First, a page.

18 June 2008

Evangelism is "Easy" and "Fun"?!

Over at Augsburg 1530, Mollie says:
I go to a church that is a member of the Southeastern District. We’re Ablaze!

An Ablazing Event!
The congregation of St. John’s, Farmville VA has received a firetruck and repurposed it to be a witness tool in the community. They will be dedicating it for mission on Sunday, June 29 at the 10:00 A.M. service. Pastor Joel Giese says: “The idea is simple. People, children especially, like fire trucks. They will come to see the truck and we have the opportunity to speak about Jesus. As the vehicle moves to and from events, it acts like a rolling billboard. I believe it will spark interest. The best part is that it is easy and fun. Who knew that easy and fun could be used to describe Evangelism?!”

Evangelism as "easy" and "fun"? Who would have thunk it?

Now I will admit that I also try to take the fear - the undue fear, that is - out of the evangelism task. After all, many years of training from Kennedy's "Evangelism Explosion," or the LCMS knock off called "Dialog Evangelism," did, I think, leave many people in the pew thinking that evangelism is a task only for those who are super-spiritual, or at least super-trained. I mean who really wants to memorize outlines for an evangelism presentation that ends in that key, confrontational question, "If you were to die tonight, do you know that you would go to heaven?" And then to press the issue with, "How do you know?" Who really enjoys and wants to go into the homes of complete strangers and talk the serious stuff of God and Jesus, sin and death, forgiveness and eternal life, especially with such canned questions?

No, the evangelism task should be more like the young lady who was just asked to get married and thus sports a glimmering engagement ring. No one has to tell her, "Go and show your family and friends." She just does it, quite naturally and quite gladly so. Why? For the sheer joy that her guy wants to spend the rest of his life together with her and a wedding is now in the making.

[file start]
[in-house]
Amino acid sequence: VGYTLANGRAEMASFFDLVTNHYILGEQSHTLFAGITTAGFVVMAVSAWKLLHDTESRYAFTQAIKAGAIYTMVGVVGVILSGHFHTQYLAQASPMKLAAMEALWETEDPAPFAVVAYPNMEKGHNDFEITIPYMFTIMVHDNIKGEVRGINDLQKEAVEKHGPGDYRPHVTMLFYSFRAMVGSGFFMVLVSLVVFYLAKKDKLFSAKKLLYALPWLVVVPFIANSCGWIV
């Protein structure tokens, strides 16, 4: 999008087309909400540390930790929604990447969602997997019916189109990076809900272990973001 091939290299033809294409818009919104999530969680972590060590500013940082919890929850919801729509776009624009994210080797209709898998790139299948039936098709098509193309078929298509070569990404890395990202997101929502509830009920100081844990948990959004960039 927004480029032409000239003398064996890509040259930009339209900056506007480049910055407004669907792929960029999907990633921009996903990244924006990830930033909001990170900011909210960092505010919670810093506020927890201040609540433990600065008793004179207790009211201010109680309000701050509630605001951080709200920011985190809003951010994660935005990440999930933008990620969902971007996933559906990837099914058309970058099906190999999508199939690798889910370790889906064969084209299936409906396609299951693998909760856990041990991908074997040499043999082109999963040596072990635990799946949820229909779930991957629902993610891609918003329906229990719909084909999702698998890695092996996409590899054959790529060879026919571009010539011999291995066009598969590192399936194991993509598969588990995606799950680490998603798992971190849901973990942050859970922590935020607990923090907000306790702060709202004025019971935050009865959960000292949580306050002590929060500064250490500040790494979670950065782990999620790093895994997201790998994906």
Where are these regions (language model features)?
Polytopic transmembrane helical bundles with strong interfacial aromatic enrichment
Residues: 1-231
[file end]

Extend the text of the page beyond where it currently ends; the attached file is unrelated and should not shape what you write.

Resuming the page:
That's the Christian's evangelism task - to speak of the Bridegroom who has sacrificed Himself to show His eternal and boundless love for all humanity; to show off the "ring" of His forgiveness of sins won on the cross and given in the Gospel proclaimed, the water poured over us in Baptism, and the Supper that gives us His "forgiveness, life, and salvation." Yes, He wants to spend the rest of His unending, eternal life with us. Yes, there's a wedding in the making. We get a foretaste of it every time we gather at the Altar and feast on His Body and Blood. We get to look forward to the sheer joy of eternally feasting on life with our holy Triune God and growing in love for Him and for one another for all eternity.

But now to trumpet evangelism as "easy" and "fun"? What has a firetruck to do with the Kingdom of God? What does providing a large, fiery red vehicle for children to use as a jungle gym have to do with our wretched sinful state and God's unfathomable love and mercy in Christ Jesus crucified and risen? Sorry, I'm just not "getting it" ... and I hope I never do.